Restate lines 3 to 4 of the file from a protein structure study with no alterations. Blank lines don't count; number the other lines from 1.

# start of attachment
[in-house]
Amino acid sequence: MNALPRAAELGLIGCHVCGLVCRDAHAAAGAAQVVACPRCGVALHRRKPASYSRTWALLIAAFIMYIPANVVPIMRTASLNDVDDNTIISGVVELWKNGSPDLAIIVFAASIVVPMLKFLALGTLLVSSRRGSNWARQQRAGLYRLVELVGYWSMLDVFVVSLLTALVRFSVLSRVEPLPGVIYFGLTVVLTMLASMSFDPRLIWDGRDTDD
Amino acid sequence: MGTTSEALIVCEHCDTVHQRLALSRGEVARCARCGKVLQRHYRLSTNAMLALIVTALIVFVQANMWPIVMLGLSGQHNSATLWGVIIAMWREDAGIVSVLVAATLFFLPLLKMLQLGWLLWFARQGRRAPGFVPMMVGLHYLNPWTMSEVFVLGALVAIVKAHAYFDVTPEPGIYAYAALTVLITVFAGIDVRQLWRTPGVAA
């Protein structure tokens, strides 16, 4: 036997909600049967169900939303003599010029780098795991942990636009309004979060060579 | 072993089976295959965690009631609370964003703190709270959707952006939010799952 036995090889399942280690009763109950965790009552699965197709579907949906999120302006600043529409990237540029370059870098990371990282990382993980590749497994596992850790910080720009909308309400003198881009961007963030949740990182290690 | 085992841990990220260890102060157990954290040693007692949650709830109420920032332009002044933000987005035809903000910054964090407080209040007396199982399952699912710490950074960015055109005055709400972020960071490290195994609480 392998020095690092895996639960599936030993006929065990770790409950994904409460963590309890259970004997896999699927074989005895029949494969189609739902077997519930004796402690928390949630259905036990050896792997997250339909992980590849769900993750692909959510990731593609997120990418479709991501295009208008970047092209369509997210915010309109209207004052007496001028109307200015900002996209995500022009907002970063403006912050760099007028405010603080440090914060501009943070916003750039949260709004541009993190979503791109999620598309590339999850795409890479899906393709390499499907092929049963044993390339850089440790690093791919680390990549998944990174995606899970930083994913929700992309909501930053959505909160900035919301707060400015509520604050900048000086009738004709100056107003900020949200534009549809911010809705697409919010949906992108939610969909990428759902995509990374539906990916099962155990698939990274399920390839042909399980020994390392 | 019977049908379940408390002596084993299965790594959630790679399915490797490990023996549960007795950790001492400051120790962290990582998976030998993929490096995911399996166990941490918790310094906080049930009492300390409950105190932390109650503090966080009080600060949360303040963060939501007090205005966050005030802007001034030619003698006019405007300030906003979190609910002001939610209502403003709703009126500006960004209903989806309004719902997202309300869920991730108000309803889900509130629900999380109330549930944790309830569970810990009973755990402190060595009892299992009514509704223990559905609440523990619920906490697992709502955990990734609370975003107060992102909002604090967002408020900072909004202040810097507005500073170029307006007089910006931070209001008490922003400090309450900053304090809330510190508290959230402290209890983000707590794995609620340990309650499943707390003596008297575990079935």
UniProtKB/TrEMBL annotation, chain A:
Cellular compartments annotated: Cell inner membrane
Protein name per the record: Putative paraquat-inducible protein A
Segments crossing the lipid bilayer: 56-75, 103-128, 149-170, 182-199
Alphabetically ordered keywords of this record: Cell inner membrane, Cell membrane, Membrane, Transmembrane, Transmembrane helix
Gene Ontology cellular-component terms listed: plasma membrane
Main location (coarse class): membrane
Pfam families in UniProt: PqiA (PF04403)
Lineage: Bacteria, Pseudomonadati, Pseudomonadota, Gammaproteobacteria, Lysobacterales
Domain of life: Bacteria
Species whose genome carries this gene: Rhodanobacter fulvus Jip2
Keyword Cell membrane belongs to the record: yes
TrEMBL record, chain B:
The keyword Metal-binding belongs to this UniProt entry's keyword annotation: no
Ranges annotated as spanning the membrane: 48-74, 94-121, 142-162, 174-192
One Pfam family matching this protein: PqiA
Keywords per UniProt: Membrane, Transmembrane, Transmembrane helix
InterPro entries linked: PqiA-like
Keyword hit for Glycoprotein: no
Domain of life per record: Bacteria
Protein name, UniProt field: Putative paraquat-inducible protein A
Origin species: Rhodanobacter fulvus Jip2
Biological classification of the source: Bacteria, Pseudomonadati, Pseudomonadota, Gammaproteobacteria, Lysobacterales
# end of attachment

Amino acid sequence: MGTTSEALIVCEHCDTVHQRLALSRGEVARCARCGKVLQRHYRLSTNAMLALIVTALIVFVQANMWPIVMLGLSGQHNSATLWGVIIAMWREDAGIVSVLVAATLFFLPLLKMLQLGWLLWFARQGRRAPGFVPMMVGLHYLNPWTMSEVFVLGALVAIVKAHAYFDVTPEPGIYAYAALTVLITVFAGIDVRQLWRTPGVAA
């Protein structure tokens, strides 16, 4: 036997909600049967169900939303003599010029780098795991942990636009309004979060060579 | 072993089976295959965690009631609370964003703190709270959707952006939010799952 036995090889399942280690009763109950965790009552699965197709579907949906999120302006600043529409990237540029370059870098990371990282990382993980590749497994596992850790910080720009909308309400003198881009961007963030949740990182290690 | 085992841990990220260890102060157990954290040693007692949650709830109420920032332009002044933000987005035809903000910054964090407080209040007396199982399952699912710490950074960015055109005055709400972020960071490290195994609480 392998020095690092895996639960599936030993006929065990770790409950994904409460963590309890259970004997896999699927074989005895029949494969189609739902077997519930004796402690928390949630259905036990050896792997997250339909992980590849769900993750692909959510990731593609997120990418479709991501295009208008970047092209369509997210915010309109209207004052007496001028109307200015900002996209995500022009907002970063403006912050760099007028405010603080440090914060501009943070916003750039949260709004541009993190979503791109999620598309590339999850795409890479899906393709390499499907092929049963044993390339850089440790690093791919680390990549998944990174995606899970930083994913929700992309909501930053959505909160900035919301707060400015509520604050900048000086009738004709100056107003900020949200534009549809911010809705697409919010949906992108939610969909990428759902995509990374539906990916099962155990698939990274399920390839042909399980020994390392 | 019977049908379940408390002596084993299965790594959630790679399915490797490990023996549960007795950790001492400051120790962290990582998976030998993929490096995911399996166990941490918790310094906080049930009492300390409950105190932390109650503090966080009080600060949360303040963060939501007090205005966050005030802007001034030619003698006019405007300030906003979190609910002001939610209502403003709703009126500006960004209903989806309004719902997202309300869920991730108000309803889900509130629900999380109330549930944790309830569970810990009973755990402190060595009892299992009514509704223990559905609440523990619920906490697992709502955990990734609370975003107060992102909002604090967002408020900072909004202040810097507005500073170029307006007089910006931070209001008490922003400090309450900053304090809330510190508290959230402290209890983000707590794995609620340990309650499943707390003596008297575990079935």